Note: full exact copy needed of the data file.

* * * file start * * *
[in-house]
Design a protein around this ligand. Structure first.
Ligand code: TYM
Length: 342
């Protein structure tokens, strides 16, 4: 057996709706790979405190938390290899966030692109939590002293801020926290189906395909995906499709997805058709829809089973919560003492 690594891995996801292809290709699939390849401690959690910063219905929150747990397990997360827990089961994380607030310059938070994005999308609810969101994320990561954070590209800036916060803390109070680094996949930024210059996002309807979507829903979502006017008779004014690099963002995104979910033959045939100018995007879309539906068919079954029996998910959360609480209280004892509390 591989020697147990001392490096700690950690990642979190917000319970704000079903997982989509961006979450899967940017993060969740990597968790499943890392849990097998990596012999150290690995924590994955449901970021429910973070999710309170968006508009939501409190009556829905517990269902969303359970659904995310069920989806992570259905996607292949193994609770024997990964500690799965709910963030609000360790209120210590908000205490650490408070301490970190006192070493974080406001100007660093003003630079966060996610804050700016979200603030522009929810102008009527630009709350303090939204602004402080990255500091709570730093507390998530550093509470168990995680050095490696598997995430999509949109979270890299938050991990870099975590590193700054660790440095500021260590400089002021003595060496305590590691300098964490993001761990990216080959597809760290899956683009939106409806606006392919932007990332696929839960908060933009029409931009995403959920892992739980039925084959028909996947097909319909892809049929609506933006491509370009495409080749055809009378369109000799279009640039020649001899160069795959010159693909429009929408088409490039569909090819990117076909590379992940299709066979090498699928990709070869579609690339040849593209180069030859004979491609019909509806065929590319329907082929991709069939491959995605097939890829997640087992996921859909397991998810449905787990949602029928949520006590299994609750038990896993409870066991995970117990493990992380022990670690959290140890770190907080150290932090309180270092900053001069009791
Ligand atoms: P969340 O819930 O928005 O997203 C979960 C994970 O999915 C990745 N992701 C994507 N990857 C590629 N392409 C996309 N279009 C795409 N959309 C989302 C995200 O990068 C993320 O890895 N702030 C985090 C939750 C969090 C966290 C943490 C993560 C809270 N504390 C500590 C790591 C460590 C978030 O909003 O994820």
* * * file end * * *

[in-house]
Design a protein around this ligand. Structure first.
Ligand code: TYM
Length: 342
């Protein structure tokens, strides 16, 4: 057996709706790979405190938390290899966030692109939590002293801020926290189906395909995906499709997805058709829809089973919560003492 690594891995996801292809290709699939390849401690959690910063219905929150747990397990997360827990089961994380607030310059938070994005999308609810969101994320990561954070590209800036916060803390109070680094996949930024210059996002309807979507829903979502006017008779004014690099963002995104979910033959045939100018995007879309539906068919079954029996998910959360609480209280004892509390 591989020697147990001392490096700690950690990642979190917000319970704000079903997982989509961006979450899967940017993060969740990597968790499943890392849990097998990596012999150290690995924590994955449901970021429910973070999710309170968006508009939501409190009556829905517990269902969303359970659904995310069920989806992570259905996607292949193994609770024997990964500690799965709910963030609000360790209120210590908000205490650490408070301490970190006192070493974080406001100007660093003003630079966060996610804050700016979200603030522009929810102008009527630009709350303090939204602004402080990255500091709570730093507390998530550093509470168990995680050095490696598997995430999509949109979270890299938050991990870099975590590193700054660790440095500021260590400089002021003595060496305590590691300098964490993001761990990216080959597809760290899956683009939106409806606006392919932007990332696929839960908060933009029409931009995403959920892992739980039925084959028909996947097909319909892809049929609506933006491509370009495409080749055809009378369109000799279009640039020649001899160069795959010159693909429009929408088409490039569909090819990117076909590379992940299709066979090498699928990709070869579609690339040849593209180069030859004979491609019909509806065929590319329907082929991709069939491959995605097939890829997640087992996921859909397991998810449905787990949602029928949520006590299994609750038990896993409870066991995970117990493990992380022990670690959290140890770190907080150290932090309180270092900053001069009791
Ligand atoms: P969340 O819930 O928005 O997203 C979960 C994970 O999915 C990745 N992701 C994507 N990857 C590629 N392409 C996309 N279009 C795409 N959309 C989302 C995200 O990068 C993320 O890895 N702030 C985090 C939750 C969090 C966290 C943490 C993560 C809270 N504390 C500590 C790591 C460590 C978030 O909003 O994820």